Internal collaboration is shifting within many nonprofit organizations. With staff members working in different places, organizations need effective tools to communicate and share updates. Digital workflows and collaborative tools are available to lighten the load, but many nonprofit organizations have yet to complete their transformations. In a 2022 survey of chief information officers, Forbes found that nearly half of businesses are still restructuring their workflows for the digital age. 

Beyond internal communications within their organization, nonprofits can benefit by taking a more collaborative approach to serving their constituents. Many nonprofits have begun collaborating with other organizations to work through joint distribution models, sharing capacity and personnel.

3. A Pivot to Digital Service Delivery

The rise of digital services has had a lasting effect on nonprofits. Many people rely on virtual services, so nonprofits must continue to provide them while navigating the laws and regulations associated with doing so. For example, nonprofit organizations in the health care sector face unique privacy concerns when offering virtual services to patients. 

The pivot to digital service delivery has been in the works for the last several years, but many nonprofits are reluctant to change when their existing systems seem adequate for the time being. In a 2019 study by Salesforce, 85% of nonprofit organizations said they believed technology was critical to their success. However, by the following year, only 16% of the surveyed nonprofits were digitally mature. 

Now is an ideal time for nonprofit organizations to invest in technology and use all the tools they have available as digital service delivery becomes a norm.

4. Data Collection and Usage

Most nonprofits collect data, from how many people visit their websites to the demographics of top donors. A 2020 Nonprofit Technology Enterprise Network report found that more than 60% of nonprofits frequently or always use data for goal-setting, yearly planning, and regular decision-making.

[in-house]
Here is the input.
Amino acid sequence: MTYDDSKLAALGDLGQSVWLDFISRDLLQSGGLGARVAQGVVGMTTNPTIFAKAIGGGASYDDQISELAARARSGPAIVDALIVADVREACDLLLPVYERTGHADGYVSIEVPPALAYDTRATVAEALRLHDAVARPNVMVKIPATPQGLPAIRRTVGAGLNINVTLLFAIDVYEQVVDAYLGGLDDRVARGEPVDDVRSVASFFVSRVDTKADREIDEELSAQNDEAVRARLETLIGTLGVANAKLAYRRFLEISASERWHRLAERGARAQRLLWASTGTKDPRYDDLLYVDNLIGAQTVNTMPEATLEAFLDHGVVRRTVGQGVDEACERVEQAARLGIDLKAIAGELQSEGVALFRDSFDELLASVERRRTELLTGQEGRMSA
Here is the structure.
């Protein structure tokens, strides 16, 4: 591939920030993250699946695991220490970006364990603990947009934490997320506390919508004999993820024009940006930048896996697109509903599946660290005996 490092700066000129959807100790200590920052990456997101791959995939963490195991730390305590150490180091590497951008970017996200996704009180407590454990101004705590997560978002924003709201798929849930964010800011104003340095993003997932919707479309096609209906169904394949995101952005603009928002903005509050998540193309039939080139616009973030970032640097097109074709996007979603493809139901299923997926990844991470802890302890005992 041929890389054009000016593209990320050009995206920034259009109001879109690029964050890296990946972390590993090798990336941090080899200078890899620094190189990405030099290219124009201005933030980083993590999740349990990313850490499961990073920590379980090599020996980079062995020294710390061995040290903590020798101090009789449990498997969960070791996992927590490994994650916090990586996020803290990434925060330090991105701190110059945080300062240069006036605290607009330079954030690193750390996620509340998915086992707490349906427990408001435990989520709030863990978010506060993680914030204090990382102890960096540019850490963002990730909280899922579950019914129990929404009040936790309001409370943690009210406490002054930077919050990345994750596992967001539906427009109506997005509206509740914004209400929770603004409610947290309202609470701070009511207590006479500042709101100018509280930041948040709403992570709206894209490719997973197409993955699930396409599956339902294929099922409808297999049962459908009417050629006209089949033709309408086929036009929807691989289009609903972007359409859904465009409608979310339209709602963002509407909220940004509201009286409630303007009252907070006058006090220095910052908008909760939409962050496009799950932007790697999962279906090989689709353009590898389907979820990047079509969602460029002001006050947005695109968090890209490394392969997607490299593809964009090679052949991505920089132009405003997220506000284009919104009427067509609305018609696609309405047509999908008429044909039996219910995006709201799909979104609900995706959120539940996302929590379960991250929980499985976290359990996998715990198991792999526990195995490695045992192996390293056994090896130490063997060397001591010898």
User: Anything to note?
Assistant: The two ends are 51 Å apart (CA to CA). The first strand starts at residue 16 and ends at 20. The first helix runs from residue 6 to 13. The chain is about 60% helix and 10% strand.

Deciding what data to collect and how to make the best use of that data can present a few challenges. It can be helpful for nonprofits to ask two questions when collecting data:

  • How will the information prove that our organization is making a difference?
  • How can we use this data to see where we need to make changes?

Once a nonprofit has the data it needs, it also needs to ensure that it has the internal factors to let it make the most of the information. 

Some organizations may find that they need more time and personnel to track and analyze data. Their current software might also be contributing to inefficiency, especially if they’re storing and organizing their data with multiple programs. In response to these challenges and the need for adaptability, many nonprofits are turning to software that tracks various types of data and offers tools for analysis.

Request a Demo of Software That Grows With You

At MIP Fund Accounting®, we account for your future. We serve nonprofits with an all-in-one software platform for all your financial needs, including managing books, navigating potential budget scenarios, and creating reports. MIP® is mission-driven and built for nonprofit organizations. With features like unlimited budget forecasting, a robust reporting suite, and scalable modules to grow along with your organization, our platform helps you do more with less.

Request a demo today to see how our fund accounting software works and how it can play a role in your nonprofit change management efforts.